Further memorandum submitted by Dr Tony
From nowhere a year ago, private equity has
become the subject of an active public debate. Is it good or bad
for the UK economy? What is the impact on jobs? These are important
questions. A financial activity that not long ago was an obscure
part of the City is now full frontal in terms of the attention
paid to it by business, unions and politicians. For twenty years,
private equityor "venture capital" as it preferred
to be calledconducted its business out of public view,
buying private firms or subsidiaries of large listed companies.
To smooth the way, the industry's representative body, the British
Venture Capital Association (BVCA), quietly but effectively persuaded
government of the need for tax concessions if "enterprise"
was to flourish in the UK. Then, several years ago, came a trickle
of bids for quoted companies, mostly small. Some sectors, health
clubs for example, were entirely absorbed by private equity via
what came to be called "buyouts". As the profitability
of this specialised form of acquisition activity became fully
established, institutional investors, particularly pension funds,
happily supplied a small group of ambitious buyout firms with
ever larger funds.
But recent moves to acquire FTSE 100 quoted
companies, such as the successful takeover of Alliance Boots,
have taken the private equity industry into uncharted territory
and, whether they like it or not (and the answer is "not"),
the firms making these bids have been thrust blinking into the
limelight. Remarkably for such sophisticated operators, the firms
behind these buyouts naively imagined they could scale the heights
of British business without attracting more than a flurry of interest
from anyone outside the normal circle of fund managers, investment
bankers and the financial press. The recent hearings of the Treasury
Select Committee into the industry demonstrated how wrong they
were. For the interested observer, as so often happens when some
new and complex City transaction structure suddenly hits the headlines,
it is difficult to separate myth from reality. Amid the fog of
debate, the following points are worth keeping in mind.
"Venture capital" and "buyout"
firms are engaged in very different processes. About the only
thing they have in common is that they both invest in unquoted
companies. Genuine venture capital (invariably abbreviated to
"VC") is a highly risky business. New firms pursuing
innovative and untested technologies and business models frequently
fail. In its strictest sense, "private equity" covers
both these activities but, as investing in established companies
rather than start-up businesses has come to dominate the unquoted
terrain, the term "private equity" is frequently equated
with buyouts. In the USA, where the whole business originated,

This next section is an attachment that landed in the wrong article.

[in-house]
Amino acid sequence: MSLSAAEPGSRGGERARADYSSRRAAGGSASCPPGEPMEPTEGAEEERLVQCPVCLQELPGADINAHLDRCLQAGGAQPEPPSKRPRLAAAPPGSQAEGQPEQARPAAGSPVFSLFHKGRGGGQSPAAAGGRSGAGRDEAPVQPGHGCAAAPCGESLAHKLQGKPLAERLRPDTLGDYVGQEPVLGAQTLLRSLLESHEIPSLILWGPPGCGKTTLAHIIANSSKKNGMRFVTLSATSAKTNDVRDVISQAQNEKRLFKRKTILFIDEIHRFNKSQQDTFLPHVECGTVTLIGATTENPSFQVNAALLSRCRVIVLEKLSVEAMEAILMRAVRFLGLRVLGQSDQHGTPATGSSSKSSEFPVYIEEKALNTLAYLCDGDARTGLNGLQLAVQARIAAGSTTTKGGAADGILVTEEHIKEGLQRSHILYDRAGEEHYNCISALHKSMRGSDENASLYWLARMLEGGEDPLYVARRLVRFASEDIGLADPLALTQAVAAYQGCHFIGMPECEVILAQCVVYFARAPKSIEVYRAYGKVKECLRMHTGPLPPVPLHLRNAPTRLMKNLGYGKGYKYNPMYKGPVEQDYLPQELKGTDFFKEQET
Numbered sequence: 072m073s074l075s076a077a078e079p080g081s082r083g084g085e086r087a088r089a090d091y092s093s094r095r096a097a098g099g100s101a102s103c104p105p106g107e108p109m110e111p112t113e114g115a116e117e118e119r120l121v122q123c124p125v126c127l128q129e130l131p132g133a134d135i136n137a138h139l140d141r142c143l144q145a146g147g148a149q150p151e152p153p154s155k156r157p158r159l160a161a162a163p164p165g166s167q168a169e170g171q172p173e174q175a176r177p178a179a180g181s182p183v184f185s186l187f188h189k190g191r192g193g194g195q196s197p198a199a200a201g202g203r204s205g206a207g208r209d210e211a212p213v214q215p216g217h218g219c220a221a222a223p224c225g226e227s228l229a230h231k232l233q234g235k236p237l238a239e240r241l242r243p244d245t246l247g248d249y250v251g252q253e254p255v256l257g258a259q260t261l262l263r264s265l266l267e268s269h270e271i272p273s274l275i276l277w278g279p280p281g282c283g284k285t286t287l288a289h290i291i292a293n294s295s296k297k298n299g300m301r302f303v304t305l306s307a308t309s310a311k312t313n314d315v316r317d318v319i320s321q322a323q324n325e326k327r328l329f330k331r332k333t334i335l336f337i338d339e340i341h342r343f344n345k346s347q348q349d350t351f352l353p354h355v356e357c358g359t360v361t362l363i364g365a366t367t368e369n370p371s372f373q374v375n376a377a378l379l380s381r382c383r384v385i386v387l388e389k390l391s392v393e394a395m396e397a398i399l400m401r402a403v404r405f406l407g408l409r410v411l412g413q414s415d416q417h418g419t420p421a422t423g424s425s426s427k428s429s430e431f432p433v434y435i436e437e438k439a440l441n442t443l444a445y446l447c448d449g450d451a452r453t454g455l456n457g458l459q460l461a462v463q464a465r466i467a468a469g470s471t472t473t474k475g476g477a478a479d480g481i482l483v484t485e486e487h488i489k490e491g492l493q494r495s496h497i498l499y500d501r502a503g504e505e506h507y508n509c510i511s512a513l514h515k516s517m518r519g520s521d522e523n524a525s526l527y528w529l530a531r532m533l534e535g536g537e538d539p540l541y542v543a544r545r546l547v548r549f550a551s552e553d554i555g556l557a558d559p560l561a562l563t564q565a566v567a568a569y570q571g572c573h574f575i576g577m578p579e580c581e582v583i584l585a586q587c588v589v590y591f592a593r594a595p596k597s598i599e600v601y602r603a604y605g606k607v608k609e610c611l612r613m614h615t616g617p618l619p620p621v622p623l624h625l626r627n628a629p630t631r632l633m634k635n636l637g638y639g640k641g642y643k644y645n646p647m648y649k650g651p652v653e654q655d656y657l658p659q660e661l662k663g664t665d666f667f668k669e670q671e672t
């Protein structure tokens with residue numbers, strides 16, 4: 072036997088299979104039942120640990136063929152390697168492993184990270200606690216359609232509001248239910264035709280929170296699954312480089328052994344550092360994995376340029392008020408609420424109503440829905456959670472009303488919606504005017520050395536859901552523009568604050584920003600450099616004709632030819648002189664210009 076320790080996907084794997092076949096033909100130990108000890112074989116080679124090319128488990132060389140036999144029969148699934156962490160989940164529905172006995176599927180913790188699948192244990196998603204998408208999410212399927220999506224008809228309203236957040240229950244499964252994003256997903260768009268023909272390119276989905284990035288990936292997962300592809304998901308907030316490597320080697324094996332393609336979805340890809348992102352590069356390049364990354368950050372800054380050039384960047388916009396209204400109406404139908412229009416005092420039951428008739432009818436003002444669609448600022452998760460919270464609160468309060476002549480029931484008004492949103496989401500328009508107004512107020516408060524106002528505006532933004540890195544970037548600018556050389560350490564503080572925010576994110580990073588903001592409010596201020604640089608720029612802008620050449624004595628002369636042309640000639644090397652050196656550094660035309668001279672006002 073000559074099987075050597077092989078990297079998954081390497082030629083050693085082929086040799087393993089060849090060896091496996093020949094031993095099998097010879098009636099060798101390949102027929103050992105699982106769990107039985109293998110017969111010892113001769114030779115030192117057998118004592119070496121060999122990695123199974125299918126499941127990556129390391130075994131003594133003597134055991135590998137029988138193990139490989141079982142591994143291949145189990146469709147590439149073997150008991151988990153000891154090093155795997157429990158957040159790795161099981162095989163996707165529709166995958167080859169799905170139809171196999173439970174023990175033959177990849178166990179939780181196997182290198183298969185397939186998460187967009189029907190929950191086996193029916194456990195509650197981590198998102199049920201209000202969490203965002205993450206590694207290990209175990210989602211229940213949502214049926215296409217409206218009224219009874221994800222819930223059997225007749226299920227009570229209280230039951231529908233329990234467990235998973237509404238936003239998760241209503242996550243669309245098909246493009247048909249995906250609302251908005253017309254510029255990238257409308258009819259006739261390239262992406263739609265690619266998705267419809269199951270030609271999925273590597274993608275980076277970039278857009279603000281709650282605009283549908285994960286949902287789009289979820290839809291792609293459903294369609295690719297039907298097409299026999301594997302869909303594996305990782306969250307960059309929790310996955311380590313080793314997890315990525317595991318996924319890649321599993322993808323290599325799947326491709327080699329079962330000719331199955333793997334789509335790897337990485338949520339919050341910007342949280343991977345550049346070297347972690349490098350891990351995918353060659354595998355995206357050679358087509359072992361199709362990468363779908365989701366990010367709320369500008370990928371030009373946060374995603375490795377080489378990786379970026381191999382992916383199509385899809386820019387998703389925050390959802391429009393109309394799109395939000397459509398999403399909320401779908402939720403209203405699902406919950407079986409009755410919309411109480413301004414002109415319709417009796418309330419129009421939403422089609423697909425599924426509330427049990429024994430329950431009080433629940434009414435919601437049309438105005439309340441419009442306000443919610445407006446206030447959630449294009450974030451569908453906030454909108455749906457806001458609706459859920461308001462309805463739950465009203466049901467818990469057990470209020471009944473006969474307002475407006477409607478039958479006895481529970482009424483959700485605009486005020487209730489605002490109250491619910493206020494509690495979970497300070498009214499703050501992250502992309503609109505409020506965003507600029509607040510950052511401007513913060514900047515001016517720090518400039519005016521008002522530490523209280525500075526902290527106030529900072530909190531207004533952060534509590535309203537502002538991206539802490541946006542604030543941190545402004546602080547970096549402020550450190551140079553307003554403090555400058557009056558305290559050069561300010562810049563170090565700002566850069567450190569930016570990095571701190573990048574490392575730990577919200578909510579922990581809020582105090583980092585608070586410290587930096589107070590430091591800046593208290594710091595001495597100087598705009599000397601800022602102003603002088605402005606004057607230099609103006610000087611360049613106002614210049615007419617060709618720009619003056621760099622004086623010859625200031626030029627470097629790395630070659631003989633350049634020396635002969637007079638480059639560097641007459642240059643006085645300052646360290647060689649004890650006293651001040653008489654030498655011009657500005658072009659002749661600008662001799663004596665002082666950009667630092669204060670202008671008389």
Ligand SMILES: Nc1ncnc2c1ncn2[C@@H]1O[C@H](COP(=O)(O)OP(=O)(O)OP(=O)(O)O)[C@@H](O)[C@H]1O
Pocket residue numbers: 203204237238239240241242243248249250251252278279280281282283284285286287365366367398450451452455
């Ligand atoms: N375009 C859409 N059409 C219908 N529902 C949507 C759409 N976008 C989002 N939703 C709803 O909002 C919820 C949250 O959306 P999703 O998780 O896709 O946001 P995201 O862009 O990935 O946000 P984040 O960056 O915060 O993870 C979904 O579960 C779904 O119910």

there is no confusion between venture capital and buyouts. There
is no suggestion, as there has been in the UK, that firms buying
existing businesses merit a "venture capitalist" tag.
VC firms do VC deals and buyout firms do buyout deals. By its
very nature, VC is a much smaller business than buyouts. The truth
is that they are totally different types of activities requiring
quite distinct skill sets. When firms specialising in one sector
move into alien territoryas when buyout firms were tempted
into dot.com investment at the height of the internet bubbleit
invariably ends in tears.
The British Venture Capital Association may
be so named but venture capital is not the business that attracts
the majority of its members. Their interest lies in acquiring
relatively low-risk existing companies, often in stable, mature
industries, that are capable of being leveragedcompanies
possessing sufficient assets and, more especially the necessary
cash flow, to support large amounts of debt. When they first hit
the scene, buyouts were called "leveraged buyouts",
or more usually "LBOs", but today the concept of loading
up a firm with debt is so integral that the "L" is superfluous.
For the buyout backers, the object of the exercise is paying off
(or at least servicing) the debt with cash flow until, a few years
down the line, the company can be "exited"to
use the industry's jargonby selling out at a price that
will generate several times the modest amount originally invested
as equity. In the environment of cheap and easy credit that has
prevailed since 2003 this has been an astonishingly good business
to be in.
For the past decade at least, the British Venture
Capital Association has firmly resisted reality, choosing to retain
its name even though the vast majority of its membership long
ago lost interest in financing new and early-stage companies.
The reason surely is that "venture" plays well with
ministers and MPs. It conjures up an image of techie types toiling
away in cramped units in business parks rather than the hard-nosed
financial engineering that is the essence of the buyout model.
Politicians love small companiesthey present no threat
to anyone and have the potential to create wealth and employment.
As an experienced lobbying organisation, the value of associating
itself with the venture agenda can hardly have escaped the BVCA's
notice. Then, in March this year, in a belated concession to the
changed composition of its membership, it came up with a distinctly
odd solution. The name was retained but the strapline changed
to read "BVCAThe British Private Equity and Venture
As criticism of high-profile private equity
bids mounted earlier this year, the industry countered by stressing
the link between the returns earned by private equity firms and
the pension funds that are their largest single group of investors.
Certainly, the funds raised by private equity firms to pursue
large-scale buyouts do rely on pension fund and other institutional